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EUROPAIN addresses challenges in the treatment of chronic pain

Chronic pain is invisible, but for the people suffering from this hard-to-treat problem, it can be overwhelming. In the IMI project EUROPAIN, scientists from research institutions, universities and pharmaceutical companies have come together to learn more about the basic biology behind chronic pain. This will create a solid knowledge base to speed the development of drugs, known as analgesics, to treat pain. Around one in five adults in Europe have chronic (long-term) pain, i.e. lasting for more than six months, and on average for about seven years. A fifth of sufferers have had pain for more than 20 years, and many end up having to give up work. There are many treatments available for pain, both on prescription and over the counter, but few are effective against chronic pain, and many come with unpleasant or even dangerous side effects.

Many pain drugs fail in development, and this wastes precious resources, as well as leaving patients still waiting for effective treatments. The EUROPAIN researchers, led by German company Grünenthal GmbH and King's College London, UK, are looking to improve the chance of drugs making it through to the market through improved animal models and new technologies, so that the transition from animal studies to human clinical trials goes more smoothly.

The project's Academic Lead, Stephen B McMahon, FMedSci, FSB, Sherrington Professor of Physiology at King's College London, and director of the London Pain Consortium, commented: "In our preclinical studies, we have used novel technologies like next generation sequencing, genomics and proteomics and these have revealed some new mediators of pain that we can use in drug development."

The EUROPAIN project is also working to make clinical trials more effective. In trials that use placebo or dummy drugs as a comparison with the active drug, the placebo may actually alleviate some people’s pain, even though it doesn't contain any drug at all. The so-called placebo effect can make the results of the trial unclear, and may be one of the reasons that drugs don't make it through to the market.

Project Coordinator Märta Segerdahl, Senior Medical Director at Grünenthal GmbH, commented: "Working in non-profit public-private partnerships is the way of the future. By working together and analysing data from existing phase III clinical trials, which is often not publicly available, we may be able to understand more about the causes of increased placebo responses, and how to reduce its effects."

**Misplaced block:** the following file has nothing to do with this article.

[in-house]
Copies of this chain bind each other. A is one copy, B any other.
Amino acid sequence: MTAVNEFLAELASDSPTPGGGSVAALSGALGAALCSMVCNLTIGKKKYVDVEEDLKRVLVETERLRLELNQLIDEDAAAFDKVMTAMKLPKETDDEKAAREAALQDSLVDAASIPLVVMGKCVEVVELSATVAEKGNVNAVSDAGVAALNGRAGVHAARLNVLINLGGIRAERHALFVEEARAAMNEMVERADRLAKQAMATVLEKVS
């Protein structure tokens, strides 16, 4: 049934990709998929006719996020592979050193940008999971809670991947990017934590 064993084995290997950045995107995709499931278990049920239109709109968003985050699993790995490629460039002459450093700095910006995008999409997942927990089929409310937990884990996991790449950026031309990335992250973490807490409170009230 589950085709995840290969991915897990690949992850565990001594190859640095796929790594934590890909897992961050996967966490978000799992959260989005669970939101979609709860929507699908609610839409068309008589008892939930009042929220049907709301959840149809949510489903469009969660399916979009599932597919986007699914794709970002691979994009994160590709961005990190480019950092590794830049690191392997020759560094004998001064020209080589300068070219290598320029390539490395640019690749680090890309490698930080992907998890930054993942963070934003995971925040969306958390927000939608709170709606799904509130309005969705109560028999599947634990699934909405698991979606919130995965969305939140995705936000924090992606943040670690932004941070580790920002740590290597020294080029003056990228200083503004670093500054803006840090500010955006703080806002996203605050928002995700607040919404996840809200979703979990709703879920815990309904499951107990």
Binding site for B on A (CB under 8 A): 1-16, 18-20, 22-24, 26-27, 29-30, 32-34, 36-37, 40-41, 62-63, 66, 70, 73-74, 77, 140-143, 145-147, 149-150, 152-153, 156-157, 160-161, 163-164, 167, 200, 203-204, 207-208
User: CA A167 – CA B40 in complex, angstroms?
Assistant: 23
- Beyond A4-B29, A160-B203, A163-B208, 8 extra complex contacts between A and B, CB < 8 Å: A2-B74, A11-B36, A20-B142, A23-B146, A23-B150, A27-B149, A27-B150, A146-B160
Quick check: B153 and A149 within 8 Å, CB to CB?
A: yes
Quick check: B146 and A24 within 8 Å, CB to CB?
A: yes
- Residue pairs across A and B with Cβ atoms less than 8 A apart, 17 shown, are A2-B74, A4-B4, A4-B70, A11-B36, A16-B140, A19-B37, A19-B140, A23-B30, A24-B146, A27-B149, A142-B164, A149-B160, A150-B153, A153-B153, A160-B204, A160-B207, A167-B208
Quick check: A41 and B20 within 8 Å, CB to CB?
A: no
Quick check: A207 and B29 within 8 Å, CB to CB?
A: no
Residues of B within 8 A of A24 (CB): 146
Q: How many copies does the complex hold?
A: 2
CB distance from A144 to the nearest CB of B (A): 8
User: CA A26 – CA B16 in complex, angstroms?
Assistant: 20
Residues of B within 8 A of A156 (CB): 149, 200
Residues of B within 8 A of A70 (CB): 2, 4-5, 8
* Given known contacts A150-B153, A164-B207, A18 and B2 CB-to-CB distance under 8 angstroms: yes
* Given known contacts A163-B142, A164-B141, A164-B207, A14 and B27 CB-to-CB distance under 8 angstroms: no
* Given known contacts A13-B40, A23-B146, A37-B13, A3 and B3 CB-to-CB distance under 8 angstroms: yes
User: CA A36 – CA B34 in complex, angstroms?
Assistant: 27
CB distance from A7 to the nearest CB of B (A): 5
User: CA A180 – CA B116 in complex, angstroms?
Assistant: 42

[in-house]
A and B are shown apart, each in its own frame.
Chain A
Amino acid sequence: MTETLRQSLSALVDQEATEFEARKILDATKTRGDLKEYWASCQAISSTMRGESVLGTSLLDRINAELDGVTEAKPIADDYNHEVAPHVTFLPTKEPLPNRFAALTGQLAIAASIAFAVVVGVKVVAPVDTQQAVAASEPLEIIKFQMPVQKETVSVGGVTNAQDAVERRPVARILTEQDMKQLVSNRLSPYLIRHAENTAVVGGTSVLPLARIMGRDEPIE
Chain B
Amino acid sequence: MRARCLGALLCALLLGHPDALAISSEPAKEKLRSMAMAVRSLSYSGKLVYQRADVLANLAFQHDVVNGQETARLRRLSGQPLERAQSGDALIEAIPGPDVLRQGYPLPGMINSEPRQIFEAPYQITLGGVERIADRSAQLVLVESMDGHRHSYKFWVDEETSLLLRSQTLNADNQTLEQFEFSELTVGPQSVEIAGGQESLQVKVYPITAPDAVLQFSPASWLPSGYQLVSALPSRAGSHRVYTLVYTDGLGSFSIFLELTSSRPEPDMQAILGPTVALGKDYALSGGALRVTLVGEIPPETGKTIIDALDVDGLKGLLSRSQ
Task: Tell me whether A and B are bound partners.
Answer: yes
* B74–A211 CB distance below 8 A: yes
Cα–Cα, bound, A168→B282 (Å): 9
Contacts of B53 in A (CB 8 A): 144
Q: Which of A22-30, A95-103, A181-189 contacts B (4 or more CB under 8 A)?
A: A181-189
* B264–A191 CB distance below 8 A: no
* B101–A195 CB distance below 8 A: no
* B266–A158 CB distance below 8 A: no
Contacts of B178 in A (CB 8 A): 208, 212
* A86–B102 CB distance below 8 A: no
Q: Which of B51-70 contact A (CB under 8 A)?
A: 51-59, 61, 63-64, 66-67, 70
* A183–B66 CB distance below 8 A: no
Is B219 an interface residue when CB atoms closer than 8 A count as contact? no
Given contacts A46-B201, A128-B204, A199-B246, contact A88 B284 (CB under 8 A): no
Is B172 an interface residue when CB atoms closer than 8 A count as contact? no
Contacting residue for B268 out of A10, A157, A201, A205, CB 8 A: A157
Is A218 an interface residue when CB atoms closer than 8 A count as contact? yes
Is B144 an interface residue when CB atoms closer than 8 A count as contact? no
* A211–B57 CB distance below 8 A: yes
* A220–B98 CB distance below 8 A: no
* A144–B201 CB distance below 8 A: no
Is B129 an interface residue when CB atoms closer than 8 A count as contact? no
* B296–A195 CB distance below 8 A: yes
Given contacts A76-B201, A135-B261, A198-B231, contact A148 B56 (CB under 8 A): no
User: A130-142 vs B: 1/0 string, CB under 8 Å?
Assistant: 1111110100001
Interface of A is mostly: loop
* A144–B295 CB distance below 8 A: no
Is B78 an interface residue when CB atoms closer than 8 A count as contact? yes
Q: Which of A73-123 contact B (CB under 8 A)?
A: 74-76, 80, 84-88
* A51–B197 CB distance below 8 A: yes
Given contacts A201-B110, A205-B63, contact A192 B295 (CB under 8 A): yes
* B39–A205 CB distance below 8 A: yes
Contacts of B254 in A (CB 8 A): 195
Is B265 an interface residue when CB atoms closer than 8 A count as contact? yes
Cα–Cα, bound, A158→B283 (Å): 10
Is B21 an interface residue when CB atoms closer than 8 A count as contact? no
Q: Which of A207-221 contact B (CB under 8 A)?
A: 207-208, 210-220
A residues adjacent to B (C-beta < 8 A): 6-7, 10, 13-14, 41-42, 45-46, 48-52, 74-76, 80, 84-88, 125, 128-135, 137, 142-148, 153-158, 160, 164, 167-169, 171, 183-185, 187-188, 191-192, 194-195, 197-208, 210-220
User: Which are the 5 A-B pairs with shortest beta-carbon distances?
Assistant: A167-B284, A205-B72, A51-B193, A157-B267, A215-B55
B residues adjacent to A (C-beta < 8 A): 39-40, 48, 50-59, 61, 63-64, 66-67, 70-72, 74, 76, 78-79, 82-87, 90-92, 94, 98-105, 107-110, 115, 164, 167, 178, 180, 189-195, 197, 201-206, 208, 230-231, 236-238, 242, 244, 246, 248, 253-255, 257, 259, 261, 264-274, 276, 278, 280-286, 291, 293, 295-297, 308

Biomarkers, which are characteristics that measure health or disease, can be used to help drugs move through the clinic and onto the market. They can be used to select the patients who are most likely to respond to certain treatments, or who might experience fewer side effects. By including just these patients in clinical trials, this means that drug studies can be faster, smaller, more efficient and cheaper. Crucially, they can improve quality of life for the study volunteers. EUROPAIN has made significant progress in this area.

IMI Executive Director Michel Goldman said: "The high quality of the research coming out of EUROPAIN demonstrates that public private partnerships excel at delivering results that are not only scientifically excellent, but can be applied to speed up the development of new treatments for chronic pain."

This work is part of the Innovative Medicines Initiative (IMI), a collaboration between the European Union and the pharmaceutical industry. By supporting the exchange of knowledge and expertise among companies and between public and private partners, IMI is generating achievements and taking on research challenges that are too great for any individual company or organisation to tackle alone. The ultimate goal of IMI is to speed up the development of safer and more effective medicines for patients.

About the EUROPAIN project
The EUROPAIN project aims to improve the treatment of patients with chronic pain. Three renowned academic pain consortia, from Germany, Denmark and the UK, have joined forces with a Spanish SME and with Europe's most active pharmaceutical companies working on pain. The scientists are searching for changes in the nervous system that contribute to pain, in order to fill the gaps in the current knowledge of chronic pain. They will elucidate the mechanisms of pain, using novel experimental models, human volunteers and clinical data of pain patients. They will search objective methods to measure pain in patients and they will examine the mechanisms that are activated by placebo (dummy) pain medication.

The scientists are also examining how genetic factors, depression or anxiety, and psychosocial factors increase the risk of developing chronic pain, as well as the influence of gender on pain. By identifying the mechanisms involved in chronic pain, the EUROPAIN consortium is opening possibilities for better treatments for patients.

About IMI
The Innovative Medicines Initiative (IMI) is the world's largest public-private partnership in health care. IMI is improving the environment for pharmaceutical innovation in Europe by engaging and supporting networks of industrial and academic experts in collaborative research projects. The European Union contributes €1 billion to the IMI research programme, which is matched by in kind contributions worth at least another €1 billion from the member companies of the European Federation of Pharmaceutical Industries and Associations (EFPIA).

The Innovative Medicines Initiative currently supports 40 projects, many of which are already producing impressive results. The projects are all working to address the biggest challenges in drug development, to accelerate the development of safer and more effective treatments for patients.